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Radiology Quiz Case 2

Radiology Quiz Case 2 A 53-year-old white woman presented with a 1-week history of sore throat, hoarseness, odynophagia, and dysphagia. Her medical history was remarkable for diabetes mellitus. Indirect laryngoscopy revealed an erythematous mucosal-covered mass at the base of the tongue. Flexible laryngoscopy showed that the mass was 2 × 2 cm, raised, erythematous, nonulcerated, and situated in the midline of the base of the tongue. It was in contact with the posterior pharyngeal wall. On tongue protrusion, the mass moved away from the posterior pharyngeal wall, permitting adequate visualization of the vocal cords. The thyroid gland was just slightly palpable at its native location in the neck. An axial computed tomographic scan with contrast revealed a 2.5 × 3.0-cm well-circumscribed, enhancing lesion at the base of the tongue (Figure 1, arrow), extending from approximately the level of C3 to just above the epiglottis (Figure 2, arrow). An iodine 123 scan demonstrated functioning tissue in the left upper thyroid lobe. There was no clinical uptake in the rest of the gland, nor was there any evidence of the presence of the right lobe. Hematologic examination showed normal thyrotropin and microsomal antibody levels. The patient underwent direct laryngoscopy with biopsy of the base of the tongue mass, transhyoid pharyngotomy with wide local excision of the base of the tongue mass, and tracheostomy. Histologic examination of the tongue lesion revealed tissue suggestive of nodular hyperplasia (Figure 3). Figure 1. View LargeDownload Figure 2. View LargeDownload Figure 3. View LargeDownload What is your diagnosis? http://www.deepdyve.com/assets/images/DeepDyve-Logo-lg.png Archives of Otolaryngology–Head & Neck Surgery American Medical Association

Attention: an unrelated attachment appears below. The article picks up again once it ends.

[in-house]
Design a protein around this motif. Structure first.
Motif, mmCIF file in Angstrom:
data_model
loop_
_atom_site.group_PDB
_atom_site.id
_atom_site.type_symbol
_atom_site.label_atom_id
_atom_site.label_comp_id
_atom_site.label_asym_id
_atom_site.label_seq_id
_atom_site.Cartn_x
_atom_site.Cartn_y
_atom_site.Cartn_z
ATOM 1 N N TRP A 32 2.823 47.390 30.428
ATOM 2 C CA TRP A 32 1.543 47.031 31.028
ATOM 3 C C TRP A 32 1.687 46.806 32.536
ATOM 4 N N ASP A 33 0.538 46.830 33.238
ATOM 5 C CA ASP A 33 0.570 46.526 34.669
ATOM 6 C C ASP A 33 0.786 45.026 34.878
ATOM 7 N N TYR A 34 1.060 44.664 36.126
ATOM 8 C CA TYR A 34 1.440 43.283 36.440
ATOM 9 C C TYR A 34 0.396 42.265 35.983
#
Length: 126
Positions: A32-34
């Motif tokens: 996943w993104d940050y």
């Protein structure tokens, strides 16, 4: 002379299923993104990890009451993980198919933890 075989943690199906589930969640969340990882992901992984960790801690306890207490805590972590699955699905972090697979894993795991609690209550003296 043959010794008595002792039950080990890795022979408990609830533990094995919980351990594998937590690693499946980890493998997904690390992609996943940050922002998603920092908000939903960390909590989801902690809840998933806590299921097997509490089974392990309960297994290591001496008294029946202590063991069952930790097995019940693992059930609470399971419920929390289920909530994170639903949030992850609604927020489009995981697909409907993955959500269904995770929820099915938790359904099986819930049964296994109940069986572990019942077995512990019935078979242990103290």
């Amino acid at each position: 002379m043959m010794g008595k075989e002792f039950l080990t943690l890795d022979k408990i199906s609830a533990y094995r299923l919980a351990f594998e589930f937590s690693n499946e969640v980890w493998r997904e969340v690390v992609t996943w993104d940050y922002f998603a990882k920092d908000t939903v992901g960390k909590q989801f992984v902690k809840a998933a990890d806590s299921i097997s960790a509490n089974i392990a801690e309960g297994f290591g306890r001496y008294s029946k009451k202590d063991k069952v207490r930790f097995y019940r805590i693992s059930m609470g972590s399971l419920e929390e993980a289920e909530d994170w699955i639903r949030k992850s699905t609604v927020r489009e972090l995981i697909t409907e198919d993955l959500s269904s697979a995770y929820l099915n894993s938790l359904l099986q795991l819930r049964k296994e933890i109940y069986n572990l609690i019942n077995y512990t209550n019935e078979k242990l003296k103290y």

Radiology Quiz Case 2

Abstract

A 53-year-old white woman presented with a 1-week history of sore throat, hoarseness, odynophagia, and dysphagia. Her medical history was remarkable for diabetes mellitus. Indirect laryngoscopy revealed an erythematous mucosal-covered mass at the base of the tongue. Flexible laryngoscopy showed that the mass was 2 × 2 cm, raised, erythematous, nonulcerated, and situated in the midline of the base of the tongue. It was in contact with the posterior pharyngeal wall. On tongue protrusion,...
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Publisher
American Medical Association
Copyright
Copyright © 2007 American Medical Association. All Rights Reserved.
ISSN
0886-4470
DOI
10.1001/archotol.133.8.835
pmid
17709628
Publisher site
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Abstract

A 53-year-old white woman presented with a 1-week history of sore throat, hoarseness, odynophagia, and dysphagia. Her medical history was remarkable for diabetes mellitus. Indirect laryngoscopy revealed an erythematous mucosal-covered mass at the base of the tongue. Flexible laryngoscopy showed that the mass was 2 × 2 cm, raised, erythematous, nonulcerated, and situated in the midline of the base of the tongue. It was in contact with the posterior pharyngeal wall. On tongue protrusion, the mass moved away from the posterior pharyngeal wall, permitting adequate visualization of the vocal cords. The thyroid gland was just slightly palpable at its native location in the neck. An axial computed tomographic scan with contrast revealed a 2.5 × 3.0-cm well-circumscribed, enhancing lesion at the base of the tongue (Figure 1, arrow), extending from approximately the level of C3 to just above the epiglottis (Figure 2, arrow). An iodine 123 scan demonstrated functioning tissue in the left upper thyroid lobe. There was no clinical uptake in the rest of the gland, nor was there any evidence of the presence of the right lobe. Hematologic examination showed normal thyrotropin and microsomal antibody levels. The patient underwent direct laryngoscopy with biopsy of the base of the tongue mass, transhyoid pharyngotomy with wide local excision of the base of the tongue mass, and tracheostomy. Histologic examination of the tongue lesion revealed tissue suggestive of nodular hyperplasia (Figure 3). Figure 1. View LargeDownload Figure 2. View LargeDownload Figure 3. View LargeDownload What is your diagnosis?

Journal

Archives of Otolaryngology–Head & Neck SurgeryAmerican Medical Association

Published: Aug 1, 2007

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